"Mr. Sunstein's speech was significant because it reinforced ACA's view that the Federal Communications Commission may not apply common carrier regulation to small broadband access providers before the agency has conducted regulatory flexibility analyses under the RFA and the Administrative Procedure Act," American Cable Association President and CEO Matthew M. Polka said. "ACA is concerned that the FCC might adopt costly and burdensome broadband regulations without performing the required regulatory flexibility analyses."
According to the White House, OIRA reviews all collections of information by the Federal government. OIRA also develops and oversees the implementation of government-wide policies in several areas, including information quality and statistical standards. OIRA reviews draft regulations under a longstanding executive order.
Under Chairman Julius Genachowski, the FCC has outlined a plan to regulate broadband access providers under some common carrier provisions of the Communications Act that were developed to oversee the conduct of monopoly telephone companies decades before the advent of the global Internet.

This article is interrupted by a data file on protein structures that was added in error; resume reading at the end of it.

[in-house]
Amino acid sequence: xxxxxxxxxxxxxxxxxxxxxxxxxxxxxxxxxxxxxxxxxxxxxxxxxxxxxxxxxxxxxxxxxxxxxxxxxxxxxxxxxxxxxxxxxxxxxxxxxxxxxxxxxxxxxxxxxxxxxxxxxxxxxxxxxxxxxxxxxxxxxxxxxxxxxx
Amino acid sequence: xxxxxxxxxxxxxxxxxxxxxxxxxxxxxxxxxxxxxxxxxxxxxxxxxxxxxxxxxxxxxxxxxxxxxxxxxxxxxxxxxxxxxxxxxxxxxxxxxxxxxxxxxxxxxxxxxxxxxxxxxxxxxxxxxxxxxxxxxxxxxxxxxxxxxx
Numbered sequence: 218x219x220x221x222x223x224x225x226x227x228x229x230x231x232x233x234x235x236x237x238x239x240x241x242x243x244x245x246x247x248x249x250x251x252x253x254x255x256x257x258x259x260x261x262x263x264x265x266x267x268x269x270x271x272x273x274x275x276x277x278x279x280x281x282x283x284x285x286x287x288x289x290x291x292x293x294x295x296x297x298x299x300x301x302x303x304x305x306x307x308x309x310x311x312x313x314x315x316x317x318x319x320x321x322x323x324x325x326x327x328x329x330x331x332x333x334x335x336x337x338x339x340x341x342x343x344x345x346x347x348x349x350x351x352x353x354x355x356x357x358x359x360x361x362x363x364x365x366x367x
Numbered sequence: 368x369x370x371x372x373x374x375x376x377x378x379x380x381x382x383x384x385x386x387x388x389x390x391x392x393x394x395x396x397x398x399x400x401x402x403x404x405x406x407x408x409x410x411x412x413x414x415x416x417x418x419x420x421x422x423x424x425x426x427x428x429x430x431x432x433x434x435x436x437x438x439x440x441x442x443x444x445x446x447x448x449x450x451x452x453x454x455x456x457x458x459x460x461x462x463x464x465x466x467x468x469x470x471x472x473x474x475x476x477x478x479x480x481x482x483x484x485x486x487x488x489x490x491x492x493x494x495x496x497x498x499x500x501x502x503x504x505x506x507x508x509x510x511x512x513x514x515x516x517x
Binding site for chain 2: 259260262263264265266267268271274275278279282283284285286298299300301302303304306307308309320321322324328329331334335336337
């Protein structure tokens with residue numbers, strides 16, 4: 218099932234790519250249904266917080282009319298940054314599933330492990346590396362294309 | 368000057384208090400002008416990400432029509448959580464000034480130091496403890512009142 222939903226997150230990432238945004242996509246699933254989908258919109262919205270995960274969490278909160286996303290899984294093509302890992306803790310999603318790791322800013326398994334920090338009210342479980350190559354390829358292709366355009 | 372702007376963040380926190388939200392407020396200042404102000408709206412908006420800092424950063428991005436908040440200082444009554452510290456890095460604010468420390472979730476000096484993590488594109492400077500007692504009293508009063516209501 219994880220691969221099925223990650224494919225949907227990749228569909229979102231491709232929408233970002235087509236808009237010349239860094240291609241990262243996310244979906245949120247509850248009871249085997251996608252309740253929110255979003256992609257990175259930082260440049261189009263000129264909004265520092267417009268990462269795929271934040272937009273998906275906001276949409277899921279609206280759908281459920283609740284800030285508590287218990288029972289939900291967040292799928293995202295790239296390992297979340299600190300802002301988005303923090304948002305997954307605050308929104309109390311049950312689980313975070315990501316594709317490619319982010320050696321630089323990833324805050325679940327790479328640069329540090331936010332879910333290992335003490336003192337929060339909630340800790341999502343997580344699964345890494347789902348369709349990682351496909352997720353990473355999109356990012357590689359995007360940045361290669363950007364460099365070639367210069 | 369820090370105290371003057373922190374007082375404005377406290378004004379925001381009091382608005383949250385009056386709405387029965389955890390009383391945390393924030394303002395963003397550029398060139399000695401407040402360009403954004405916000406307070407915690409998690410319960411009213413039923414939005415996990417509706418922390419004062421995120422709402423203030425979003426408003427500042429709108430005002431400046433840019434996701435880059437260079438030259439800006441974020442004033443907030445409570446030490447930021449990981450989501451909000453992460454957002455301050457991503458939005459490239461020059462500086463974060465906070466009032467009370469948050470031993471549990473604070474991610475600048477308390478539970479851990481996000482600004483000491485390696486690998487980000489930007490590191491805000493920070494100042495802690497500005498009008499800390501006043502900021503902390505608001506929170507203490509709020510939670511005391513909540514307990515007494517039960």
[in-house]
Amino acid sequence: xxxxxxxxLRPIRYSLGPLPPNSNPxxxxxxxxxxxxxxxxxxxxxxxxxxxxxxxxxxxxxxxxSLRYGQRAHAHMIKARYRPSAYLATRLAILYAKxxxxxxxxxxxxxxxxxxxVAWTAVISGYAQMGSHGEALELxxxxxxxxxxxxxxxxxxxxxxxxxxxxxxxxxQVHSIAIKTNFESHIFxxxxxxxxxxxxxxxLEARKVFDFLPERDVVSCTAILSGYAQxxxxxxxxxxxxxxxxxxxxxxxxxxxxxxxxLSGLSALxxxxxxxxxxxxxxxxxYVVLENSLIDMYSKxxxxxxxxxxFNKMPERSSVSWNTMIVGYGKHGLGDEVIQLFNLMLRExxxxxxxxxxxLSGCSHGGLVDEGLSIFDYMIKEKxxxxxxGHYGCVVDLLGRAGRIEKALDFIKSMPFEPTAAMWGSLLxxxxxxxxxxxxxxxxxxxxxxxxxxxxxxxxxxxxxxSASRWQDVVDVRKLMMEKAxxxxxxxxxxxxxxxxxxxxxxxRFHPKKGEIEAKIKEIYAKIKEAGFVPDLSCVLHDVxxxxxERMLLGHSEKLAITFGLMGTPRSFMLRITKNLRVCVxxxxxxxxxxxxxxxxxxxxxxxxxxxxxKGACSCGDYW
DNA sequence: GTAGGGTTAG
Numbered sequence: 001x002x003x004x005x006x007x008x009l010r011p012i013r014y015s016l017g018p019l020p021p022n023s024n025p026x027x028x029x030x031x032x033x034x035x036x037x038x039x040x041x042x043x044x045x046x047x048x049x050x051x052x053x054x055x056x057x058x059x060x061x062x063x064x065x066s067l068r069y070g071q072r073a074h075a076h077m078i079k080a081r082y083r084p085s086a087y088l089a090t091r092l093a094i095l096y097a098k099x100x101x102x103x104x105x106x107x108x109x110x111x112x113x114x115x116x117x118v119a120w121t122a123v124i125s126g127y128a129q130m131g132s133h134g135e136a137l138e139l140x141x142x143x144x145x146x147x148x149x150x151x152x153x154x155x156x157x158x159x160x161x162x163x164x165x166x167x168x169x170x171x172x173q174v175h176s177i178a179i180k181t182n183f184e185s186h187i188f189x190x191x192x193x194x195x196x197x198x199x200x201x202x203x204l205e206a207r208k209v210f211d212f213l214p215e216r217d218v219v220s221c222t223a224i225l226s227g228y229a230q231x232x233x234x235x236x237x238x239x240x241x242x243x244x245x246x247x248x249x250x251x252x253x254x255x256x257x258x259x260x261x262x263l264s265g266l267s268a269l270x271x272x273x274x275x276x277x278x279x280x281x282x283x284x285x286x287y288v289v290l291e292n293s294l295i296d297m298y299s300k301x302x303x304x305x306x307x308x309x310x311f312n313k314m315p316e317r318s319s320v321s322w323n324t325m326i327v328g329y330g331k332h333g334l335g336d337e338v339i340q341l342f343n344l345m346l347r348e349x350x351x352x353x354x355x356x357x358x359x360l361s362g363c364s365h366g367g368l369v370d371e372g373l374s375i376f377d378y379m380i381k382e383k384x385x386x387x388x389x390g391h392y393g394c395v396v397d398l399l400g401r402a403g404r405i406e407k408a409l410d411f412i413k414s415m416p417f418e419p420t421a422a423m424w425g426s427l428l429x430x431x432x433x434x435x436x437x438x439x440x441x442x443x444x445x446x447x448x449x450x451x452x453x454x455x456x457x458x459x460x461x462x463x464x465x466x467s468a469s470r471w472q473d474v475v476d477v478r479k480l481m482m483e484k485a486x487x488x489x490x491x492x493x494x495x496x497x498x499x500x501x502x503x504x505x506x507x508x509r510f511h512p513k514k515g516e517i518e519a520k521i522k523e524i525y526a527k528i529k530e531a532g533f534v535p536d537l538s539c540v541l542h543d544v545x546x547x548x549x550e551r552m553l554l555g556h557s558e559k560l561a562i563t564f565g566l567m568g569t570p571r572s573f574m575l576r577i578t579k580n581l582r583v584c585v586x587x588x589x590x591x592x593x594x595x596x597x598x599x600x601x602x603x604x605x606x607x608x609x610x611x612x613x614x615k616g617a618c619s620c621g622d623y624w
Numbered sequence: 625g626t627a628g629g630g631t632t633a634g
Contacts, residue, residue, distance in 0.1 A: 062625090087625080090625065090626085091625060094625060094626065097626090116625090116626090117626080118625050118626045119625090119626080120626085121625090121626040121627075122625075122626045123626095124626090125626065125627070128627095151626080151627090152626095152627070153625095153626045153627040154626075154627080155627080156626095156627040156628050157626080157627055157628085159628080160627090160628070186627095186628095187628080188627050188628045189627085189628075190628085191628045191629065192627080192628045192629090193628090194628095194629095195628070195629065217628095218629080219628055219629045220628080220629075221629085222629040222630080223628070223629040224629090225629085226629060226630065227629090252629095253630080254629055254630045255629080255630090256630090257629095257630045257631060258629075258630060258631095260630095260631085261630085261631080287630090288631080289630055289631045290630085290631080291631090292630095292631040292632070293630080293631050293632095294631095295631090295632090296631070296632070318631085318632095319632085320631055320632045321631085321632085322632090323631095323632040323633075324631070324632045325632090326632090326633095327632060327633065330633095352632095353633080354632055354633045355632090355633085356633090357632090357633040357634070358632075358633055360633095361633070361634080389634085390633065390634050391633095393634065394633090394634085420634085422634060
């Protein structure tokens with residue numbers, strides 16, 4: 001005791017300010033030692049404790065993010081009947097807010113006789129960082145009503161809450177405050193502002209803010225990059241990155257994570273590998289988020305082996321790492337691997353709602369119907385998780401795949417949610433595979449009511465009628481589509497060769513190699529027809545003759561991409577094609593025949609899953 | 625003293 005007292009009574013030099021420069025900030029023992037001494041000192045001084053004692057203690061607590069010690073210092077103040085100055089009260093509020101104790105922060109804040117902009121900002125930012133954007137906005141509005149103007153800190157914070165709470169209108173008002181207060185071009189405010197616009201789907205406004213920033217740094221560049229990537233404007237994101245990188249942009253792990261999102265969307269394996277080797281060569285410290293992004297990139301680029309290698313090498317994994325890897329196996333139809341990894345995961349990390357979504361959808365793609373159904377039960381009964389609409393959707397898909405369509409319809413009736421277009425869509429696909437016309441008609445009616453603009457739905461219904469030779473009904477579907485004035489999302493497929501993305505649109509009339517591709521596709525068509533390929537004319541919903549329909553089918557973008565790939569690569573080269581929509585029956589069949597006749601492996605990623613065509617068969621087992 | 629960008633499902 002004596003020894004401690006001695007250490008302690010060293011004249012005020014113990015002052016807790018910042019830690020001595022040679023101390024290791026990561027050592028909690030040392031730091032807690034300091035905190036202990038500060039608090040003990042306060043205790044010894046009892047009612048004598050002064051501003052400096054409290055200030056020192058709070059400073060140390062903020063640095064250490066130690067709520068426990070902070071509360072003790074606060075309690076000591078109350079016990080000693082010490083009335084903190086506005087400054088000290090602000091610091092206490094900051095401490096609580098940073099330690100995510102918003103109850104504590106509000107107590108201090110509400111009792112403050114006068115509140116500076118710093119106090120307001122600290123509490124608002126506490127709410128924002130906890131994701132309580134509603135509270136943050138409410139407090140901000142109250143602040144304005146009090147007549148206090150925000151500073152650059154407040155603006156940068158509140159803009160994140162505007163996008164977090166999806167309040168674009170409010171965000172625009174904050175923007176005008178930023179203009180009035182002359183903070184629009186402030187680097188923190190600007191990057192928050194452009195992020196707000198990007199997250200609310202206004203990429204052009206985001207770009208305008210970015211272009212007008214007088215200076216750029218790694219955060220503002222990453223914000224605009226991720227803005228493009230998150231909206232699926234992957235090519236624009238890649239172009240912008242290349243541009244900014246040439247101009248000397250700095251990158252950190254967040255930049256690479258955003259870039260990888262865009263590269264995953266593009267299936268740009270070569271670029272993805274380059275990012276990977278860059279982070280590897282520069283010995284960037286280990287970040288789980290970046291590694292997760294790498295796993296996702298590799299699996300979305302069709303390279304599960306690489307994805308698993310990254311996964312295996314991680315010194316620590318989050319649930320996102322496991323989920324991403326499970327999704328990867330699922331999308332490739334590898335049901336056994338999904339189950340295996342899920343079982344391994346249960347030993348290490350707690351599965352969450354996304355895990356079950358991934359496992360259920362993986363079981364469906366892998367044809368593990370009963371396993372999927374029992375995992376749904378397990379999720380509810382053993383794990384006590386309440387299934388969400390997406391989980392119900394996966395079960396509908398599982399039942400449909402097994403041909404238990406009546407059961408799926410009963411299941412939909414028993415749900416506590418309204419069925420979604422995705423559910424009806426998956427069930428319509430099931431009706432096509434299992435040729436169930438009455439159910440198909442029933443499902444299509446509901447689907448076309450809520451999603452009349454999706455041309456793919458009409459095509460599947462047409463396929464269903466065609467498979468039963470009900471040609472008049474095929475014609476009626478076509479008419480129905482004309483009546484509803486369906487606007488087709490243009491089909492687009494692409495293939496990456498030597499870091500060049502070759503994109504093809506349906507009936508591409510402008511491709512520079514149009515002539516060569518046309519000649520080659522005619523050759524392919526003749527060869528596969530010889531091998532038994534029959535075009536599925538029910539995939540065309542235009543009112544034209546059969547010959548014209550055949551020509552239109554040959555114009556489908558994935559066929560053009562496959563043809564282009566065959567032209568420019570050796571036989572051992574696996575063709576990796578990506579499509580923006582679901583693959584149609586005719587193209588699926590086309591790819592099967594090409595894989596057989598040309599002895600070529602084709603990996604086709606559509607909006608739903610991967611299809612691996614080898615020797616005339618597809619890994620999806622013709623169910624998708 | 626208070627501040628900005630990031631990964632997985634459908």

In his remarks, Sunstein said that correct regulatory choices are made based on the ability to identify "new and creative approaches" that help to promote entrepreneurship, innovation and competitiveness.
He added, "These points have special importance in a period in which it is crucial to consider the effects of regulation on small business - and to ensure, in accordance with the first declaration of purpose in the Regulatory Flexibility Act, that agencies 'seek to achieve statutory goals as effectively and efficiently as possible without imposing unnecessary burdens on the public.'"
Sunstein's office enforces the Paperwork Reduction Act (PRA). Prior to his arrival, OMB relied on the PRA to invalidate as too burdensome cable leased access rules adopted by the FCC in 2007. OMB repeatedly faulted the agency for failing to take into account the additional costs, additional staffing, and risks to proprietary information that the rules would impose on cable operators.
In his speech, Sunstein said the RFA requires federal agencies to "‘look before they leap,' obtaining a sense of the consequences" of regulatory action before it is adopted.
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